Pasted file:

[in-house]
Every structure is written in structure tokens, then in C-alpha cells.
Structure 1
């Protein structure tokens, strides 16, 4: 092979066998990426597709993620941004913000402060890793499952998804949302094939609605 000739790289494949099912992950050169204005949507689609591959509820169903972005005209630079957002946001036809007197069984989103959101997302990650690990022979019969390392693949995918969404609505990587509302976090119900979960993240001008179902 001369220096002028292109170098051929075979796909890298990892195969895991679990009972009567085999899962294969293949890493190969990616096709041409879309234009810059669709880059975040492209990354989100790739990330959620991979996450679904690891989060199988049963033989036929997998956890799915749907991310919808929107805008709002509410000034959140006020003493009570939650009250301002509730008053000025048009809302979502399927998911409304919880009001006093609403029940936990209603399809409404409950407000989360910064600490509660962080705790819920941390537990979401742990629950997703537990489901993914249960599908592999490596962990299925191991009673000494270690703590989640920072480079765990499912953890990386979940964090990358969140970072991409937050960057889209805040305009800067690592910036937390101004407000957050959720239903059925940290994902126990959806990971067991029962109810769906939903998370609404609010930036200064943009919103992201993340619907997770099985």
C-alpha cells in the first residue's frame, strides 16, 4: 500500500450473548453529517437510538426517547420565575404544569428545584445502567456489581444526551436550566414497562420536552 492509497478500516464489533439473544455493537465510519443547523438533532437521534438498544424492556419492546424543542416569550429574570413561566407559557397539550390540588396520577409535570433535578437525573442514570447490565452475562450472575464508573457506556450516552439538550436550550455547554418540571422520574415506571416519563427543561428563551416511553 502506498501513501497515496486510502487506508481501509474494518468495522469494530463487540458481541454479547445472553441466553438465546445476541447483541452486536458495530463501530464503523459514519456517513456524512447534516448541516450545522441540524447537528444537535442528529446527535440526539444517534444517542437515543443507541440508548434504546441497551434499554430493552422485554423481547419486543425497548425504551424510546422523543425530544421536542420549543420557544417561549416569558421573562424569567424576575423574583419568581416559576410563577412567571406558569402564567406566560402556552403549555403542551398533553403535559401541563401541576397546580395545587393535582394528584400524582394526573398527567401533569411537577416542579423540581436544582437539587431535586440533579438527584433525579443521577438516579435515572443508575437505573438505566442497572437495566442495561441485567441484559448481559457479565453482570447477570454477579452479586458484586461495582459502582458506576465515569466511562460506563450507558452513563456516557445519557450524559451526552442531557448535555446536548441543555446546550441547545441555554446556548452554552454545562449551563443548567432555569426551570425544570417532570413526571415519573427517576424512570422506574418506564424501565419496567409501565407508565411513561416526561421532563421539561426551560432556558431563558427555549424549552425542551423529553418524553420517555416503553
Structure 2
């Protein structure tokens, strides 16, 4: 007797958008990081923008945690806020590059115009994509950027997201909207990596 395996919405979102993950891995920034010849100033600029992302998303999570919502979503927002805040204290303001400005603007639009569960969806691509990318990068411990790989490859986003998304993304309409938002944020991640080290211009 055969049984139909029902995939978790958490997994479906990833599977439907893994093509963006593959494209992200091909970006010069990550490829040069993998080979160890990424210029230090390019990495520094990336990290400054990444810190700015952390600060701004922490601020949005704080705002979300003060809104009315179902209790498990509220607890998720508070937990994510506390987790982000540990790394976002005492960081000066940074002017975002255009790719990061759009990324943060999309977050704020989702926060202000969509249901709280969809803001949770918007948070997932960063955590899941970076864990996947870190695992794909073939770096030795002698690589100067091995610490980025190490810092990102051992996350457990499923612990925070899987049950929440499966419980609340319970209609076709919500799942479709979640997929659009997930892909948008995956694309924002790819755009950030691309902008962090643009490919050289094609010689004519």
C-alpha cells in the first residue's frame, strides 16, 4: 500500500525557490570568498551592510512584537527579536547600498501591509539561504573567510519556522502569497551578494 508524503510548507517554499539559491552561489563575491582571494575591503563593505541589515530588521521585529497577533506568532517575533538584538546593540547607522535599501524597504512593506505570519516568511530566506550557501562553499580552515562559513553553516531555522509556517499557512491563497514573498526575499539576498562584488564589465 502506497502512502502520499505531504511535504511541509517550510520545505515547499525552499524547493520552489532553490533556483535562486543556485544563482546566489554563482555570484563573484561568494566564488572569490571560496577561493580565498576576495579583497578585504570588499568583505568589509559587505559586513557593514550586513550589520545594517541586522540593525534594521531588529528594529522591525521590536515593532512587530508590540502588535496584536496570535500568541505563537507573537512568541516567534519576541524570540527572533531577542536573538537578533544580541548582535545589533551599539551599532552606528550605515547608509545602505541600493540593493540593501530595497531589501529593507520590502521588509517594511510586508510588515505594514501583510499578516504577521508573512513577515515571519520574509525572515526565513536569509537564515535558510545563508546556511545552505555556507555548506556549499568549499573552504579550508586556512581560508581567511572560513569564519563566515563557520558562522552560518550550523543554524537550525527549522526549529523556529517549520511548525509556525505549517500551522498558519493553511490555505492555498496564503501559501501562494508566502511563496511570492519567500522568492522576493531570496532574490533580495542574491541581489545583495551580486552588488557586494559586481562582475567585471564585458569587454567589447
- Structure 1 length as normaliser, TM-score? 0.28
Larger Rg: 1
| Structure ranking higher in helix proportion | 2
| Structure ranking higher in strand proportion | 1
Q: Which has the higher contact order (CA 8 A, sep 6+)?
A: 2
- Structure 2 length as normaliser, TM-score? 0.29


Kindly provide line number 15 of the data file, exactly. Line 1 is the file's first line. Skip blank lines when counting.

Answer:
- Structure 2 length as normaliser, TM-score? 0.29